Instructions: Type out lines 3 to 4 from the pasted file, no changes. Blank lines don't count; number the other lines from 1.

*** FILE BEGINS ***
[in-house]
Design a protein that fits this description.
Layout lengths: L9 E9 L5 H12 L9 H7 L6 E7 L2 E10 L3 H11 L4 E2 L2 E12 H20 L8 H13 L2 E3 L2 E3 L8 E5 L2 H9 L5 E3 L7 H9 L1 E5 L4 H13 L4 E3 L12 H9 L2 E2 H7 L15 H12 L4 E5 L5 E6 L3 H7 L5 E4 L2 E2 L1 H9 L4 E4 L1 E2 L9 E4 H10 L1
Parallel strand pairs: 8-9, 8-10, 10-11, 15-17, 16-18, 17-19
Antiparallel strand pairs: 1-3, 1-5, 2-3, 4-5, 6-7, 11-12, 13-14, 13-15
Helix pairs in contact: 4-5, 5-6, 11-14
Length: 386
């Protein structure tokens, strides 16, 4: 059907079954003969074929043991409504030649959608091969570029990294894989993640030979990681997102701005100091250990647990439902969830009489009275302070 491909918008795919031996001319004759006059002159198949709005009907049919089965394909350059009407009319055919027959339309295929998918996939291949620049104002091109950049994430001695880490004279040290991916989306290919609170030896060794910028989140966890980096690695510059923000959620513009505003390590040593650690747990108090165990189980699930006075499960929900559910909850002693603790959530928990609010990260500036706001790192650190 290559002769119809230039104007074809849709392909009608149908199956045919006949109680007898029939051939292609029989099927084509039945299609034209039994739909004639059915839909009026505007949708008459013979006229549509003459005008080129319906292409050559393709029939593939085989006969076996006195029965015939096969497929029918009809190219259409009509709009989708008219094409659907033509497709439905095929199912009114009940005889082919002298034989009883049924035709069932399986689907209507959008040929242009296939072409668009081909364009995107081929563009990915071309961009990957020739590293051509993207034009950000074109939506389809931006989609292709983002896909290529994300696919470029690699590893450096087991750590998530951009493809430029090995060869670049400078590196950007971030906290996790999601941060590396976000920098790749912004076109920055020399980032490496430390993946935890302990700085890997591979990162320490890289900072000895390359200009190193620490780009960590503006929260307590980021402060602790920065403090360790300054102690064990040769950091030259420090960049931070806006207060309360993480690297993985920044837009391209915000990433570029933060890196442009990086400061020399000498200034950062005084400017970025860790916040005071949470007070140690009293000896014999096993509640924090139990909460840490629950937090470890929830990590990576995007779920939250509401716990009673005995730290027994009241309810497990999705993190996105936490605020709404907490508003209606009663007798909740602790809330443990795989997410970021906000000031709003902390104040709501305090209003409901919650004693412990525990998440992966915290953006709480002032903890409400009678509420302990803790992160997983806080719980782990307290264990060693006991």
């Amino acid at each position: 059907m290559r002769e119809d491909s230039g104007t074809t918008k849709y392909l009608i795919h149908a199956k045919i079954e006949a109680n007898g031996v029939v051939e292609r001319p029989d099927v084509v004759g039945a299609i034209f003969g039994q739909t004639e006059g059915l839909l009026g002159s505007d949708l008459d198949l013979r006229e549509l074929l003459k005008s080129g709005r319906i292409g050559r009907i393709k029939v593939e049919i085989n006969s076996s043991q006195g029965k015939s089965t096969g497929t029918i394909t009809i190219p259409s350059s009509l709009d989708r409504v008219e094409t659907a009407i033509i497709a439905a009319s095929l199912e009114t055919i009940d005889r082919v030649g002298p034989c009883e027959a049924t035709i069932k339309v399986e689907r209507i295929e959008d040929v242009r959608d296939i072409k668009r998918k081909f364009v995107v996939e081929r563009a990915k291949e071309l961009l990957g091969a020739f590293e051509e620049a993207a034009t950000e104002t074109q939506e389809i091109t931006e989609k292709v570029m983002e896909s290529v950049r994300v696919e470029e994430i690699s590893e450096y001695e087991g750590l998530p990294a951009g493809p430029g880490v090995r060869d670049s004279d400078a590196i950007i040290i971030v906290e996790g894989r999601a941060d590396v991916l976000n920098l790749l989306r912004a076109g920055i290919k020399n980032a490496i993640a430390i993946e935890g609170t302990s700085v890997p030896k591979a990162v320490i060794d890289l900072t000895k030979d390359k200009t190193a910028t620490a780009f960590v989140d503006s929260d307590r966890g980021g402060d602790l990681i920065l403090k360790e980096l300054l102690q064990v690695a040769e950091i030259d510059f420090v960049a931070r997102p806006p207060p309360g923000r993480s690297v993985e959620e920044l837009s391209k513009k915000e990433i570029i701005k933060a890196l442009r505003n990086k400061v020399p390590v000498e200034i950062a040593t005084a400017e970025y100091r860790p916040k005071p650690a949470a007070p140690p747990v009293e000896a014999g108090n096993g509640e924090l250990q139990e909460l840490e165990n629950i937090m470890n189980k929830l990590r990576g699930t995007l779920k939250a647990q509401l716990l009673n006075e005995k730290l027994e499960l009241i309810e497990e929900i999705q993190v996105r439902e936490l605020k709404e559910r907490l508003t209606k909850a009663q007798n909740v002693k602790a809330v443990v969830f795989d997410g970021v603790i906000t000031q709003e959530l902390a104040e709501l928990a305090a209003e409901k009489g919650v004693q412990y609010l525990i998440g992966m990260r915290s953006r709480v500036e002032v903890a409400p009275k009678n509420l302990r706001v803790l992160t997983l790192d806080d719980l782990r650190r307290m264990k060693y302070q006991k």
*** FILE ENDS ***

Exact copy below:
Layout lengths: L9 E9 L5 H12 L9 H7 L6 E7 L2 E10 L3 H11 L4 E2 L2 E12 H20 L8 H13 L2 E3 L2 E3 L8 E5 L2 H9 L5 E3 L7 H9 L1 E5 L4 H13 L4 E3 L12 H9 L2 E2 H7 L15 H12 L4 E5 L5 E6 L3 H7 L5 E4 L2 E2 L1 H9 L4 E4 L1 E2 L9 E4 H10 L1
Parallel strand pairs: 8-9, 8-10, 10-11, 15-17, 16-18, 17-19